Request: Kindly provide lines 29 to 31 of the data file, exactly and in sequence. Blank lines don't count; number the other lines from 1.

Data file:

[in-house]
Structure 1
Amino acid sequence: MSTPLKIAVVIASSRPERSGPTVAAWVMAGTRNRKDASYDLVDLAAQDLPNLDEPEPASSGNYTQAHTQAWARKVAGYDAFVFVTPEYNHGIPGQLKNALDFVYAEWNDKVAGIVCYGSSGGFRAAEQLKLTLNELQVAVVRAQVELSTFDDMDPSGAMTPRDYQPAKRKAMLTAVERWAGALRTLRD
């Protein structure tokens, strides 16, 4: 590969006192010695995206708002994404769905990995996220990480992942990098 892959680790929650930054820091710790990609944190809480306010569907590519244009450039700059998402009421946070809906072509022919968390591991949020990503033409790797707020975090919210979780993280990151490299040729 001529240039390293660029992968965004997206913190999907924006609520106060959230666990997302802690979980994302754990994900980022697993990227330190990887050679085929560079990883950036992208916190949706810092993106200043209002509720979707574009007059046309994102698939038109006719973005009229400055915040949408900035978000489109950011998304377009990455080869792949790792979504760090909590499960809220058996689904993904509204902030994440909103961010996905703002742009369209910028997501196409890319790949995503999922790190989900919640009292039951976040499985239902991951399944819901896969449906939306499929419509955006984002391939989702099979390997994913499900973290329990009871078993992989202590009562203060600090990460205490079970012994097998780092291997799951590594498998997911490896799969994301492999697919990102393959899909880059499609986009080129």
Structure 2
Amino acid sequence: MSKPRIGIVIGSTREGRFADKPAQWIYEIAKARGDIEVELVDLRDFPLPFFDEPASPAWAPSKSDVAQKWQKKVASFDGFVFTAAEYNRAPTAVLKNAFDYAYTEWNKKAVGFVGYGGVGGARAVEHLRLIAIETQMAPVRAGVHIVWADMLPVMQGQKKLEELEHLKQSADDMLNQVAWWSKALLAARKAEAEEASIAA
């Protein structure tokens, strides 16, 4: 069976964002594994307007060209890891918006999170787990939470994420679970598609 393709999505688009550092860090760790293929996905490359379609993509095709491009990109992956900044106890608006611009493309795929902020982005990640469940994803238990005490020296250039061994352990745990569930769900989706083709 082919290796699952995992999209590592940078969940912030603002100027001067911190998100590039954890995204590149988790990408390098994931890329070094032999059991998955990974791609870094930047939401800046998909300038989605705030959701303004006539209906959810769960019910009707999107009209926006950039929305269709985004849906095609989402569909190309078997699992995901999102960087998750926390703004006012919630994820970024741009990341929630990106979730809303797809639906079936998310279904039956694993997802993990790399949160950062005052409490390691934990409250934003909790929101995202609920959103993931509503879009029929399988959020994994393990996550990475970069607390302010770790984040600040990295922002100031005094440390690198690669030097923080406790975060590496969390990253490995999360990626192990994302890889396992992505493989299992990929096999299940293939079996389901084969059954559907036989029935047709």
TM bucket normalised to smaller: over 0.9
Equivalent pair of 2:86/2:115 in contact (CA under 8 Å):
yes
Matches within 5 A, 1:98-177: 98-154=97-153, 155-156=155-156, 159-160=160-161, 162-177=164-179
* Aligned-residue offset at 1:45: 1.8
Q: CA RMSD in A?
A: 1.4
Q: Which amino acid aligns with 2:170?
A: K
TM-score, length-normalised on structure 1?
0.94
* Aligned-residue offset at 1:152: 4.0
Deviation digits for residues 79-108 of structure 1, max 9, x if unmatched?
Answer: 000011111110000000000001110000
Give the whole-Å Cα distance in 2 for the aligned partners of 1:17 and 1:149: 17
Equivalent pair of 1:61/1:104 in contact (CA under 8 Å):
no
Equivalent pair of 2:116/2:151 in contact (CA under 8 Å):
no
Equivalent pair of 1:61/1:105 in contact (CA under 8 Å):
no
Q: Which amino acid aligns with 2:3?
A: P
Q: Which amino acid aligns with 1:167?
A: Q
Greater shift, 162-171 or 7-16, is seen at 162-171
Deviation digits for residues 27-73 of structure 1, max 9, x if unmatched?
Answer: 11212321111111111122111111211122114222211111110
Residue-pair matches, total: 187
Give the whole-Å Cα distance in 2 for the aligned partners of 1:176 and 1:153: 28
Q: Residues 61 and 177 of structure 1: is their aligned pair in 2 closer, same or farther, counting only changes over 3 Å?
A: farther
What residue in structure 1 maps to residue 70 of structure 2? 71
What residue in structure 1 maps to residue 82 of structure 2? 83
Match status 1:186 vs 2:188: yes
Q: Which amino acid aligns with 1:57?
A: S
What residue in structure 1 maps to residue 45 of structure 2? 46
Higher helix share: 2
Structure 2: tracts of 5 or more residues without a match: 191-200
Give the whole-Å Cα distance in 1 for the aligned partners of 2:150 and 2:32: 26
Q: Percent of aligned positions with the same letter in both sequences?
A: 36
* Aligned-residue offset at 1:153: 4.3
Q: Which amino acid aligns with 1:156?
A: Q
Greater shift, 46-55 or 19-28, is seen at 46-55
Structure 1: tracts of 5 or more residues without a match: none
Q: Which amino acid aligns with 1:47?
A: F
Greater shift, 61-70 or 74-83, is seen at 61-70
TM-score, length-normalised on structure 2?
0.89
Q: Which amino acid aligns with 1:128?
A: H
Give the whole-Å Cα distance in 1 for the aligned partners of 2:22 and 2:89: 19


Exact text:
Q: Which amino acid aligns with 2:3?
A: P
Q: Which amino acid aligns with 1:167?